Uganda captures LRA commander

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Ugandan troops have captured a senior Lord’s Resistance Army (LRA) rebel officer, the highest ranking prisoner taken in a controversial offensive against guerrillas in Democratic Republic of Congo.
Thomas Kwoyelo arrived in Uganda by plane on Wednesday, barefoot and nursing bullet wounds to his stomach. Reuters adds he is not one of three senior rebels wanted for war crimes by the International Criminal Court.
“We just bumped into (Uganda’s army) somewhere, and that was it,” Kwoyelo said of his capture, sitting in an ambulance at a military airport 40 km (25 miles) from the capital.
A Ugandan military spokesman said Kwoyelo was captured a day earlier in the forests of neighboring northeastern Congo.
“This man has been in the bush for quiet long. He knows the tactics, he knows the methods, he knows the sources of weapons,” Captain Kiconco Tabaro told reporters.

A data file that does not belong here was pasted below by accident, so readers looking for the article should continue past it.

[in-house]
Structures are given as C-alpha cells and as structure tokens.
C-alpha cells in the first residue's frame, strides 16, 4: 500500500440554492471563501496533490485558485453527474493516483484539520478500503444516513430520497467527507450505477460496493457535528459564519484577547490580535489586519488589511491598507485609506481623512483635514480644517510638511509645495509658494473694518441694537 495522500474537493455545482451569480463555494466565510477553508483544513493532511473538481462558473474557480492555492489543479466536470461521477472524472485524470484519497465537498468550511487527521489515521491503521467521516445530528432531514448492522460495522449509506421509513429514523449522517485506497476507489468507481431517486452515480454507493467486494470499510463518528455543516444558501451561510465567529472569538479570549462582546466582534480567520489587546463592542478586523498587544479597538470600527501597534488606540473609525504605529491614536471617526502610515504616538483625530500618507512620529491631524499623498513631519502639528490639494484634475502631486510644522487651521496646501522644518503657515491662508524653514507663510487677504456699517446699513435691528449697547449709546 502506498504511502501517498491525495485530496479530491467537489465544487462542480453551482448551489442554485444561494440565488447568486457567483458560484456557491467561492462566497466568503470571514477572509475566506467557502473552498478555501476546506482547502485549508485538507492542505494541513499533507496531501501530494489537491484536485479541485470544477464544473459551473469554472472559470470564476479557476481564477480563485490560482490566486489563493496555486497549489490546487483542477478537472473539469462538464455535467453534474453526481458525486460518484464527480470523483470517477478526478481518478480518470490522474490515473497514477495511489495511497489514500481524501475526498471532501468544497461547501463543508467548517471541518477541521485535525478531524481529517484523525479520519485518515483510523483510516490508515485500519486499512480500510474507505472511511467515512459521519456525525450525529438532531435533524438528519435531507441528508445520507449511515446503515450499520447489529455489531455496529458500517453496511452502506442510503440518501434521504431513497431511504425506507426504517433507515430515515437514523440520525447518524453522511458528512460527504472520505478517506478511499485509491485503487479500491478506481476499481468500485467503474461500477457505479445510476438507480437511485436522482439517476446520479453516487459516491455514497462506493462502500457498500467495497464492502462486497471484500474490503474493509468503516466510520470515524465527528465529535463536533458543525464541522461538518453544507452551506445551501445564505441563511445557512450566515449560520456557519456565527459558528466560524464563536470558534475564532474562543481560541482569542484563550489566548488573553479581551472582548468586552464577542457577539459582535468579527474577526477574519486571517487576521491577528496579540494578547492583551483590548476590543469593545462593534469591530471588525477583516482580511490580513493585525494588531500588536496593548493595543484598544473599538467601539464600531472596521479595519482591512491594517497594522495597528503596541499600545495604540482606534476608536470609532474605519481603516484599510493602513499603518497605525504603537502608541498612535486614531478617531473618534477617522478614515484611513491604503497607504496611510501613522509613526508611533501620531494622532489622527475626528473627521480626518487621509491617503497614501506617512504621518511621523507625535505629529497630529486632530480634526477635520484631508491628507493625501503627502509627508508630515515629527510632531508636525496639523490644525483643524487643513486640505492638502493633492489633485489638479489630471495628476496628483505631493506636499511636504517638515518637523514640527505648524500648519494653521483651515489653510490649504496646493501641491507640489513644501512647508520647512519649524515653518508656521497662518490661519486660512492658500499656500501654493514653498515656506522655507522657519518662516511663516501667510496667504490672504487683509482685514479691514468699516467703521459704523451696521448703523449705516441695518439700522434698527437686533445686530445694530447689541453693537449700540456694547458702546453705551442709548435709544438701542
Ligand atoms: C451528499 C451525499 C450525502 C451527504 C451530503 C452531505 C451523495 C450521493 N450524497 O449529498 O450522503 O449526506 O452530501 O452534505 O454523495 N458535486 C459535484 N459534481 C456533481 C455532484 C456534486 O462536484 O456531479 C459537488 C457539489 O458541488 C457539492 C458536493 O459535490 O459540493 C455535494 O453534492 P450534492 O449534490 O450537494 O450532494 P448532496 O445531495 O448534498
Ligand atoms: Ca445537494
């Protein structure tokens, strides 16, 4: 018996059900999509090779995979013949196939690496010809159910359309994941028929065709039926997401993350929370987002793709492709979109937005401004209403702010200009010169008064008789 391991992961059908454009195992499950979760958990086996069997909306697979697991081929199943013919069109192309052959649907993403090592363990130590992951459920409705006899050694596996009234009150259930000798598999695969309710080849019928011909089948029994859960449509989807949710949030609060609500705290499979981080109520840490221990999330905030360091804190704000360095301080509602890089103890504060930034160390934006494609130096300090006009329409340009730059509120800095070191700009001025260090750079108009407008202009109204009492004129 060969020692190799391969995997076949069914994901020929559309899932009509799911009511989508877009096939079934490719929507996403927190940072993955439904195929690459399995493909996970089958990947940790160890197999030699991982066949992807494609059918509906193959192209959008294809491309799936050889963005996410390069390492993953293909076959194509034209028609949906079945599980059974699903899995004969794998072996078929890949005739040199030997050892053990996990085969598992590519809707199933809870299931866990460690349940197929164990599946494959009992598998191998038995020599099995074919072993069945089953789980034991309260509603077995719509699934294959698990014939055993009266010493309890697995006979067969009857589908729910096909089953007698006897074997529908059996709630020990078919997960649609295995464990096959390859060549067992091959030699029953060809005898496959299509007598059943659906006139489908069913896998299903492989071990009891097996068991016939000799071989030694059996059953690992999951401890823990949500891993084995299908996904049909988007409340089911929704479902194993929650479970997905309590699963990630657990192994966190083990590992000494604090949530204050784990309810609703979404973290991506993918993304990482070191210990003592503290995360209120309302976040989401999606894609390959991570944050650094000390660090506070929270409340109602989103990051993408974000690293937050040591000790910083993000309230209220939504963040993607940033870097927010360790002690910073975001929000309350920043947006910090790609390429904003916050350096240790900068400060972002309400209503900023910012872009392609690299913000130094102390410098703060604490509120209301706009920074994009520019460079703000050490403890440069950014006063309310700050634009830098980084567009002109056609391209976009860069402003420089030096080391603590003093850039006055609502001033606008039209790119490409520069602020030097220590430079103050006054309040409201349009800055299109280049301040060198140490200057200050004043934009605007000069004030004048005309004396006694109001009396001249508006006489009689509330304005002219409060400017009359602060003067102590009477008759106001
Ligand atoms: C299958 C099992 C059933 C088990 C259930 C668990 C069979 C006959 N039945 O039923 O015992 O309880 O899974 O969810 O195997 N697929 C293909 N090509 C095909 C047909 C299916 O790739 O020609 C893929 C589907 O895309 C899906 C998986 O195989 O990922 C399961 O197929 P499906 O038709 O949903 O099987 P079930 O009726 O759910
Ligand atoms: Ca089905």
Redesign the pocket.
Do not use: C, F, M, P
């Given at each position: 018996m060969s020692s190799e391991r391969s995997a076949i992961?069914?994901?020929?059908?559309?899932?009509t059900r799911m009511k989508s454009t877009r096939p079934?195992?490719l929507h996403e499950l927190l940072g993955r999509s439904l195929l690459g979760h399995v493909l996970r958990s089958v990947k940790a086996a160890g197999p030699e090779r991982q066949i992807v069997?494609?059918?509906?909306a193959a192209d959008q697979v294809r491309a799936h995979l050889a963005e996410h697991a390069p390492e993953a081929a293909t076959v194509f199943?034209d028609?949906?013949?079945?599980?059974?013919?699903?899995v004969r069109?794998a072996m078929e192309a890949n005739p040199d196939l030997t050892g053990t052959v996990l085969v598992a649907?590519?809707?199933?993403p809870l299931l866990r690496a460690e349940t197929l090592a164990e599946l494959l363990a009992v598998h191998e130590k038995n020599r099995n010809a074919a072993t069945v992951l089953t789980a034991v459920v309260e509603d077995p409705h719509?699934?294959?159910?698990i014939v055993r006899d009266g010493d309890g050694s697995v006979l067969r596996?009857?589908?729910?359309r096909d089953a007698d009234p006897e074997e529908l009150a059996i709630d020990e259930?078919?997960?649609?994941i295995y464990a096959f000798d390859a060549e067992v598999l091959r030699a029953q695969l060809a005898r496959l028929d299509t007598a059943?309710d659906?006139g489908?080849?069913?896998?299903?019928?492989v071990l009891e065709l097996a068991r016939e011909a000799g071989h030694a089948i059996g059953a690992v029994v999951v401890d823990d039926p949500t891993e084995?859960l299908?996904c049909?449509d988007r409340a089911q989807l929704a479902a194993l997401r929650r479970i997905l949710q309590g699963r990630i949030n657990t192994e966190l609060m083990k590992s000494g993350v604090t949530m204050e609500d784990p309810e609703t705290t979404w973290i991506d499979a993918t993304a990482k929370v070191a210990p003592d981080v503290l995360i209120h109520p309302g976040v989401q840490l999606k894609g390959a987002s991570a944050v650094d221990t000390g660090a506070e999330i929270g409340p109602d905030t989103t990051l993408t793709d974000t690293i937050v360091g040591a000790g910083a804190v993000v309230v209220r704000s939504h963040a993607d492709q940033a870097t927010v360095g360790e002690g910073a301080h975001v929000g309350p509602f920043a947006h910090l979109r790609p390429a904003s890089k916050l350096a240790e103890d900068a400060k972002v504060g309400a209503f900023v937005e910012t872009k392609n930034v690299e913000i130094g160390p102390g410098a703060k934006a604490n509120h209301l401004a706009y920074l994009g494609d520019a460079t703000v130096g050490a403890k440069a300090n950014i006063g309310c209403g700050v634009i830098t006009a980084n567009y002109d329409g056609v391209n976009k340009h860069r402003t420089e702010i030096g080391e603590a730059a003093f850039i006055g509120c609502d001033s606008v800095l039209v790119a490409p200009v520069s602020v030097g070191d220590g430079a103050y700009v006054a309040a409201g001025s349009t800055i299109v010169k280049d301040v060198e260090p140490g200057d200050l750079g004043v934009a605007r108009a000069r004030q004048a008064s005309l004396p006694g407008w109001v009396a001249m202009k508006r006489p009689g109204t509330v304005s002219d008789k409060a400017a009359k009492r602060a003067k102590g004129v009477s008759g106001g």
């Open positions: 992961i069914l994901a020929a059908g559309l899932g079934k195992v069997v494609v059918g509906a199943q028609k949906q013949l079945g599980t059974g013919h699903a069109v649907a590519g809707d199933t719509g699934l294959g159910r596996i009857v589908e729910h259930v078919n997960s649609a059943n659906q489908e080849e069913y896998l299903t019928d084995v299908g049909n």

“He has been one of our most wanted commanders. Once he recovers, then we expect a lot from him.”
Ugandan troops led an assault on LRA hide-outs in mid-December but have failed to catch the group’s elusive leader, Joseph Kony, or either of his two indicted deputies.
In reprisal for the offensive, the rebels have attacked Congolese villages, massacring more than 900 people.
“Kwoyelo will be replaced. Kony is the person of relevance. The other positions are immediately filled by the younger commanders,” Ugandan analyst Angelo Izama told Reuters.
Ugandan soldiers in a festive mood at the airport helped Kwoyelo out of an old cargo plane. The guerrilla wore a faded military jacket, buttoned to cover his injuries.
Kwoyelo said the rebels had split into three groups but he did not know the fate of the leaders.
Kony’s two-decade rebellion against the Ugandan government has killed tens of thousands of people, driven some 2 million from their homes and destabilized a swathe of central Africa.
Last year, the LRA leader refused to sign a peace deal thrashed out in two years of talks in neighboring south Sudan, prompting the military offensive.
Aid workers accuse Kampala, Kinshasa and UN peacekeepers in Congo of failing to protect civilians from LRA reprisals.